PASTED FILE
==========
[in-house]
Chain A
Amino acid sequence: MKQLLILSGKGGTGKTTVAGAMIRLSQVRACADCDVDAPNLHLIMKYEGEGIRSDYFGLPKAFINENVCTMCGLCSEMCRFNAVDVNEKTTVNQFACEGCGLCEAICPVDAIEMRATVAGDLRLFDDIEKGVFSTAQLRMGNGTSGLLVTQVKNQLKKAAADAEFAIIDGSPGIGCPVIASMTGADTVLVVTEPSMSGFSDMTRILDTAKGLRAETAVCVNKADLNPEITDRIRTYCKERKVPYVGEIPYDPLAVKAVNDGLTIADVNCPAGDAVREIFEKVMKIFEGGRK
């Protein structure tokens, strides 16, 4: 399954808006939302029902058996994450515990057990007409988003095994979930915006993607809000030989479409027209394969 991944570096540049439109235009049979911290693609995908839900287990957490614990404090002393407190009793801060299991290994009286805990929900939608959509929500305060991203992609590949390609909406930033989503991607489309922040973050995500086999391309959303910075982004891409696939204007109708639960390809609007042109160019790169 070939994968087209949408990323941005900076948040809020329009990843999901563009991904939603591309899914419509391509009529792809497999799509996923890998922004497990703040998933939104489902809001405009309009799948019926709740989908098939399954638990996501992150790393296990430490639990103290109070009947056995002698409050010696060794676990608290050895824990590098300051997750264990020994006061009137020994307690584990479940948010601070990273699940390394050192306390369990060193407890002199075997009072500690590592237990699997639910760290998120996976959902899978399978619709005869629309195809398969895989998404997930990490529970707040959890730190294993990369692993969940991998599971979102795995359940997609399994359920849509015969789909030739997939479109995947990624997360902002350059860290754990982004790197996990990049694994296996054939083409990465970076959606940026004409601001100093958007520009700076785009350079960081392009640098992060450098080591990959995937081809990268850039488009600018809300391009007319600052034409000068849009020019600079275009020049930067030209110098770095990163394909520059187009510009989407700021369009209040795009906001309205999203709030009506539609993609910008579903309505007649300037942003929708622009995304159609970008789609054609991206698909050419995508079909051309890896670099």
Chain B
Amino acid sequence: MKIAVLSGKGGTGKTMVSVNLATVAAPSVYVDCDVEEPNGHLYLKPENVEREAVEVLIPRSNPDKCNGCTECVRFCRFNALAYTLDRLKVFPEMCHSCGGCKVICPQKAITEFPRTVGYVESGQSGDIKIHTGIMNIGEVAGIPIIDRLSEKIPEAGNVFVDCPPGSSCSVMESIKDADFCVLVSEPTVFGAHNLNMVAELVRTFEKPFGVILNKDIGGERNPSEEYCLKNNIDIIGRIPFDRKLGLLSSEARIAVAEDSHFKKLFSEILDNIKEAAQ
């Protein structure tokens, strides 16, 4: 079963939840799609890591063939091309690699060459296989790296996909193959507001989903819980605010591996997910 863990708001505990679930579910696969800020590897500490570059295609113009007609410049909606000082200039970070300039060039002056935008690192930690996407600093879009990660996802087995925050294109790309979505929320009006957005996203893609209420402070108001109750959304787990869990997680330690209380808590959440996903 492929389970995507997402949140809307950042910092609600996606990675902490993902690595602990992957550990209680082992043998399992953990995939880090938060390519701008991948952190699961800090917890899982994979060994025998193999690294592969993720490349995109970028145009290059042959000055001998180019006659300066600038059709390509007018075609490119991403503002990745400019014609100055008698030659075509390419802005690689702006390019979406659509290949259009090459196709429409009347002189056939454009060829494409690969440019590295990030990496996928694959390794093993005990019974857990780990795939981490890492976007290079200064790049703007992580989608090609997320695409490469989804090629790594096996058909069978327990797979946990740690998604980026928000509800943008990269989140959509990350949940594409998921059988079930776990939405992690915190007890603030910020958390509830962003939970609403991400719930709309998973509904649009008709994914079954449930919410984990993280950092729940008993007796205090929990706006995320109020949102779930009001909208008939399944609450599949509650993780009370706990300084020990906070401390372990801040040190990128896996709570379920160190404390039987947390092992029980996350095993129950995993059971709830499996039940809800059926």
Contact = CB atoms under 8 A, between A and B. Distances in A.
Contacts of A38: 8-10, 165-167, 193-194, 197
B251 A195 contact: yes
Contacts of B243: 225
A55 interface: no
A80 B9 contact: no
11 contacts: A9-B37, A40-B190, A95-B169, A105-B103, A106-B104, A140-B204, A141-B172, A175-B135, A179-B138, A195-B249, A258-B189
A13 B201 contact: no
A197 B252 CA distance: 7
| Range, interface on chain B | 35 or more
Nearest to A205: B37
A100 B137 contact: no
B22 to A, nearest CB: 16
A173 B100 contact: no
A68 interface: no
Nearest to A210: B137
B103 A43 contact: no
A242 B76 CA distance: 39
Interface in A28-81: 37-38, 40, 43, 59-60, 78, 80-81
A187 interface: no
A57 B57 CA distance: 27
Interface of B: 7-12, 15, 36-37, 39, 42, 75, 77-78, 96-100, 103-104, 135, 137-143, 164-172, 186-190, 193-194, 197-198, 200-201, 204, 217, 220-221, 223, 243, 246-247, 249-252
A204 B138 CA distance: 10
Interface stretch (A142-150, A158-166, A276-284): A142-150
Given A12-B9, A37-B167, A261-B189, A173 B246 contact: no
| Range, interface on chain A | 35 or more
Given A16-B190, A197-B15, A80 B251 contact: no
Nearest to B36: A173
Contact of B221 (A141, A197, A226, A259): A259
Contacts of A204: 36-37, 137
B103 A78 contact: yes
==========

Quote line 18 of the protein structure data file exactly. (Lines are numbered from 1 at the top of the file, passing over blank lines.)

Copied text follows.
Nearest to A205: B37